How We Experience Stress 

We need to learn how to effectively manage stress in order to stay physically and psychologically healthy. Not only does stress dysregulate physical homeostasis, but it also leads to a cascade of various emotional and psychological reactions. Stress can induce anger, fear, anxiety and confusion – Emotions which make normal functioning difficult and burdensome (Zautra, 2003). Hence, we must learn how to manage our levels of stress given to environmental stimuli in a way that helps us avoid those negative feelings and regain agency over our bodies and minds. For many, it isn’t easy to control strong feelings and emotions, and oftentimes, people find themselves mentally swayed by such feelings when they arise. Effectively, this is primarily due to the lack of access to knowledge and specific techniques required to manage difficult feelings and highlights the need for them to be purposefully acquired.

To better understand how to manage stress, it is vital that we first highlight how it is experienced physiologically and psychologically. The primary issue of managing stress is how powerful a reaction it causes in the body. To reiterate, when the body feels threatened, the parasympathetic system will activate the fight-or-flight response leading to the release of stress hormones (cortisol, norepinephrine and adrenaline), leading to an increased heart rate, blood sugar level and blood pressure. Psychologically, this response is marked by a spike of fear, excitement and anxiety due to the production of cortisol and adrenaline (Nesse et al., 2016). Research into the neurobiological origins of stress has shown that stress and anxiety share similar underlying neural circuits and are highly intertwined (Daviu et al., 2019).

In stress, negative emotions come up which have been shown to evoke the fight-or-flight response, causing our bodies to release various hormones such as adrenaline and cortisol. These contribute to decreased appetite, reduced need for sleep, and a faster heart rate – Side effects have similar overlaps to those produced by the stress response (Gross, 2001).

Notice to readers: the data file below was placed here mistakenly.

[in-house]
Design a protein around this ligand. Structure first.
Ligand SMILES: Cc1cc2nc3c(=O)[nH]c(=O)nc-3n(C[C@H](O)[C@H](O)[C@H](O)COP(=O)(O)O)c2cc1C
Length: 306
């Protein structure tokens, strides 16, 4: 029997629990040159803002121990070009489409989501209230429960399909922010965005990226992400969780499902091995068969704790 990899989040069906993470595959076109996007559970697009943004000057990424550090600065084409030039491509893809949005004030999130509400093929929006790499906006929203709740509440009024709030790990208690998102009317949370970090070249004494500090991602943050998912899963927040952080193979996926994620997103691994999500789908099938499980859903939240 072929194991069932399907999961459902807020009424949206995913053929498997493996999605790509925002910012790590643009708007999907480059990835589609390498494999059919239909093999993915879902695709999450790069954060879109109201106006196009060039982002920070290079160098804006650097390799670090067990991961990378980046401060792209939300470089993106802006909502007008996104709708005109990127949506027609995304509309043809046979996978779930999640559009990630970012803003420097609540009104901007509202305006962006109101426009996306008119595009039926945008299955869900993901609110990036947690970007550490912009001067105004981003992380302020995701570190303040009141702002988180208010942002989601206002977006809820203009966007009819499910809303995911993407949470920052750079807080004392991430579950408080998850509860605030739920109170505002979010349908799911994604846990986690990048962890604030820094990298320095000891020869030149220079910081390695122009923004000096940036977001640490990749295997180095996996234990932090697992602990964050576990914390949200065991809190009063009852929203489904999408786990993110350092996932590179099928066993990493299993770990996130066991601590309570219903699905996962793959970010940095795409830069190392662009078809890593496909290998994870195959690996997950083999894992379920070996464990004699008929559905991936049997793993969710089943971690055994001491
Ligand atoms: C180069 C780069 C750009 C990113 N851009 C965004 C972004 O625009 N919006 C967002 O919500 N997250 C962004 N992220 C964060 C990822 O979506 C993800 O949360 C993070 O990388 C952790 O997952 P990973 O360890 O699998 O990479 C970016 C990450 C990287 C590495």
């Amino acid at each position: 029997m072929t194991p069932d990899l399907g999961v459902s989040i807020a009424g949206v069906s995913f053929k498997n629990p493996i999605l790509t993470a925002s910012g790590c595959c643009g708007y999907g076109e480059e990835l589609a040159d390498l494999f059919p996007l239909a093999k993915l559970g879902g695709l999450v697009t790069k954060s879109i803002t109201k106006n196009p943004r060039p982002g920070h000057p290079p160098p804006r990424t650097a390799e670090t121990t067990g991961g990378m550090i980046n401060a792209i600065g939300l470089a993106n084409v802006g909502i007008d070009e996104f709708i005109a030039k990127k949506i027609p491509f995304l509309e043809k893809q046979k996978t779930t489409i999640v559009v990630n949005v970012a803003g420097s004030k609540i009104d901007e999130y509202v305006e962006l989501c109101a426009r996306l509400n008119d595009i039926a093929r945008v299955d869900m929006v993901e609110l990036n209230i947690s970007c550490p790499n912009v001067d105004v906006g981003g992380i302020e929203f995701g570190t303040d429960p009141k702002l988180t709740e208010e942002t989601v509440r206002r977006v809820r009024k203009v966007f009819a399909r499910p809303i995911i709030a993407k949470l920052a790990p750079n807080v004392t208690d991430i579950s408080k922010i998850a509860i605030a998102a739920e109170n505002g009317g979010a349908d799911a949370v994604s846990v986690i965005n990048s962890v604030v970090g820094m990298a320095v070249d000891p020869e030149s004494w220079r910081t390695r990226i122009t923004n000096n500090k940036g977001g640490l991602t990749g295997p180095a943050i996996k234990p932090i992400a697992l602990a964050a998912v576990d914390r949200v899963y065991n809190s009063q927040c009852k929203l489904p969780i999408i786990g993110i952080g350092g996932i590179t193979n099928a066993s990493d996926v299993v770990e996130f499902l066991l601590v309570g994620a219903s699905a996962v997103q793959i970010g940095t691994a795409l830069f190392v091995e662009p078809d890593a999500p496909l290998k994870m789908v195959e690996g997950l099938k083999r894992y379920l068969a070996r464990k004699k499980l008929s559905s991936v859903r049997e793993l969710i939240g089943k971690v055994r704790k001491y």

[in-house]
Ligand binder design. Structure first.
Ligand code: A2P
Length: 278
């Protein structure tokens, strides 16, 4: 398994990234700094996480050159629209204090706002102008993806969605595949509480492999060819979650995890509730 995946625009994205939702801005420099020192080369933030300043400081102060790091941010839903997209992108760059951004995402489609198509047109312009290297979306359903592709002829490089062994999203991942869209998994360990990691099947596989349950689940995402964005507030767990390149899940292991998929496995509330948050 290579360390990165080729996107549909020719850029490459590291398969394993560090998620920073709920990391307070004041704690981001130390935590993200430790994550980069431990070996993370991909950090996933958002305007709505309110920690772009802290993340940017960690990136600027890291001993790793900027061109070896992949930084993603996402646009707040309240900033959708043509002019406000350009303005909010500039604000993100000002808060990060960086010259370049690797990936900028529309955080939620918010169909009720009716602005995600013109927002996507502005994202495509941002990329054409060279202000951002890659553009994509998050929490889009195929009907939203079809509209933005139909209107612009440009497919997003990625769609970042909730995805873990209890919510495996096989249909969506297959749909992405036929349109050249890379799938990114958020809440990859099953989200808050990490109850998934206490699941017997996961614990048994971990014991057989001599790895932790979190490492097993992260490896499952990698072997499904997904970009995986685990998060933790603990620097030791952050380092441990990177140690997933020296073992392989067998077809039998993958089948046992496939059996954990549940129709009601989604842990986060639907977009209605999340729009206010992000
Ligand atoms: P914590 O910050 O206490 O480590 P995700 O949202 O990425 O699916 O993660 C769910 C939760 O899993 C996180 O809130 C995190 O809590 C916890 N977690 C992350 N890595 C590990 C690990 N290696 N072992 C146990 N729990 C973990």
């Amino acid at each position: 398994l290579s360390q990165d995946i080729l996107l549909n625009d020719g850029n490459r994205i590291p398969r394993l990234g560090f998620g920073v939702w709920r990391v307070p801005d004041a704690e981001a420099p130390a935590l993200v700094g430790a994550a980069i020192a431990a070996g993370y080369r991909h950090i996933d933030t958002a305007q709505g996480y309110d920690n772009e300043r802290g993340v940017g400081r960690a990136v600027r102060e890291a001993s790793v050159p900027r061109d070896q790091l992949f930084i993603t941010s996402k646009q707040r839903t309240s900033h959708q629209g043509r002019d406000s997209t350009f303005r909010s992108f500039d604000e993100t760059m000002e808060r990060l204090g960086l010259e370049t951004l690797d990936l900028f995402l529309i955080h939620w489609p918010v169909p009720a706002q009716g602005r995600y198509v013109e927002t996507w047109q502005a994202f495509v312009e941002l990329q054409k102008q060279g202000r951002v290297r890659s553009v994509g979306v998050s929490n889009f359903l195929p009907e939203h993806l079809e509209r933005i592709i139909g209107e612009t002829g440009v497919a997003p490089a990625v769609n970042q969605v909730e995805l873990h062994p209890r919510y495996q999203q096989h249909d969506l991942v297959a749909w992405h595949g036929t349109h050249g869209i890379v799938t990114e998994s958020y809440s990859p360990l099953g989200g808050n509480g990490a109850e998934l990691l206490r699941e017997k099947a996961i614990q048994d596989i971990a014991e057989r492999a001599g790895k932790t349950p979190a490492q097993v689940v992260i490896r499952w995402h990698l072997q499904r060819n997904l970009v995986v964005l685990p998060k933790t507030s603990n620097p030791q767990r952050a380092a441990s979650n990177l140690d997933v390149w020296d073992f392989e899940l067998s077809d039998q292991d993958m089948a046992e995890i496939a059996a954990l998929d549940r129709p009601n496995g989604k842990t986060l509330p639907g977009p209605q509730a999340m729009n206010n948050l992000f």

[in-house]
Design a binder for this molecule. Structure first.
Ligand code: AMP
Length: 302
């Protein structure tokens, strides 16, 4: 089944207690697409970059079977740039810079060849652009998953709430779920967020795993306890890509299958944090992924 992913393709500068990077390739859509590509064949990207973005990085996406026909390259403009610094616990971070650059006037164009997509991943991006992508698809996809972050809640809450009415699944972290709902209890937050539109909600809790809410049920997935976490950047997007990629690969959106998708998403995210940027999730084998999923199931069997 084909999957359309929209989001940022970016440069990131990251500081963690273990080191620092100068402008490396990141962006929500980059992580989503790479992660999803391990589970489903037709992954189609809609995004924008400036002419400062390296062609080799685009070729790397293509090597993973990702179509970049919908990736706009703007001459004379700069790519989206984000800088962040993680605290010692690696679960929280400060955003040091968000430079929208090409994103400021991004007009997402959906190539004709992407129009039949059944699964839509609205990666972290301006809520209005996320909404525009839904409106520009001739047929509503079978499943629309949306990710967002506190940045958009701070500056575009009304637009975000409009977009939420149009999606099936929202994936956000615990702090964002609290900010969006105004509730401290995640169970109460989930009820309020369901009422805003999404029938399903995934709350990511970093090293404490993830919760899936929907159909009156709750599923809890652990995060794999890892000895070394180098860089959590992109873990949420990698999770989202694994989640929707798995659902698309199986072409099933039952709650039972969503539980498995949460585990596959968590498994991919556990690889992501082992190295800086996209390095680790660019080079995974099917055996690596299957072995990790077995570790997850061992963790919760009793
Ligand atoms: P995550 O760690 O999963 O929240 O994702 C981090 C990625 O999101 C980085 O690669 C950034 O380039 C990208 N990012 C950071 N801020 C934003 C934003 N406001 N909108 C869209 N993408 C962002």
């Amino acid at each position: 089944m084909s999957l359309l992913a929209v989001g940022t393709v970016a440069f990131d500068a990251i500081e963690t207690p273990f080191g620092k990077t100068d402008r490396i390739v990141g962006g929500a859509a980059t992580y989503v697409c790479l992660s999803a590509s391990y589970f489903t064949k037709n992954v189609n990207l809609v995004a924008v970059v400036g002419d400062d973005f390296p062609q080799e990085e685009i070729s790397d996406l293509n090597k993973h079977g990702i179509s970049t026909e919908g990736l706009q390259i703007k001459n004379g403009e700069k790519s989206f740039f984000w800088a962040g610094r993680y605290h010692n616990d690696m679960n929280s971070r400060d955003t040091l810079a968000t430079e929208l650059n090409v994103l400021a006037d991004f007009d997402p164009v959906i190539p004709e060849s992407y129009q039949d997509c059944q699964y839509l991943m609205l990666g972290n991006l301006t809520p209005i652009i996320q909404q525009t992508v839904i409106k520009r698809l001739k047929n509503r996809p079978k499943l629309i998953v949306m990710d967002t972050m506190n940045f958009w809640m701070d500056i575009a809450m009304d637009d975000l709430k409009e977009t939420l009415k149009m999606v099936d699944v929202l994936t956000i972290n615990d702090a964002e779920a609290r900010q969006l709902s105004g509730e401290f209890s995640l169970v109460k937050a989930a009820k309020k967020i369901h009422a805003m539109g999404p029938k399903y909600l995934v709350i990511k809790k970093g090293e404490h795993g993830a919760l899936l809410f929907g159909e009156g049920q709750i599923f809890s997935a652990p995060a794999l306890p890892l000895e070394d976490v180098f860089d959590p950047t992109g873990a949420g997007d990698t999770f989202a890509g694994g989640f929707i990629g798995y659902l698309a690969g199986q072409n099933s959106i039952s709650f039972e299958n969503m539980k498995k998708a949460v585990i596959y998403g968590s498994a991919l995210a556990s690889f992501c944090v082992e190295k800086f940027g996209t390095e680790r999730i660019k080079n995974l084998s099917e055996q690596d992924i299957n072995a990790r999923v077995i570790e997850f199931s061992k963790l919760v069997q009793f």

When we consider how impactful the stress response is to our minds and bodies, we see that it significantly deviates from our normal physiological and psychological processes. This significant deviation is precisely what makes stress hard to control and manage, as the acute sensations that arise possess a powerful influence over our minds and bodies. 

The General Principles of Stress Management

Managing stress can be boiled down to implementing adaptive coping mechanisms to mitigate the psychological and behavioural impacts of a given stress response. Stress is described as a change that engenders physical, emotional, and psychological strain. It is essential to note that stress management does not entail removing the experience of stress altogether, as this is impossible. Most stress management models agree that there is no getting rid of the stress reaction evoked through the fight-or-flight response, as everybody experiences stress to some degree (Goldstein & McEwen 2002). However, effective stress management can ensure that the psychological, emotional, and physiological impacts are significantly reduced.

More specifically, stress management corresponds to developing specific coping mechanisms that do not allow the stress response to translate into overwhelming sensations, thus improving homeostasis and everyday functioning (Holton et al., 2016).

The concept of stress management also highlights a conscious effort put into shaping how you will allow stressful stimuli to affect you or not – It works towards having conscious control over your own outcomes instead of being at the whims of any random events. 

Basic techniques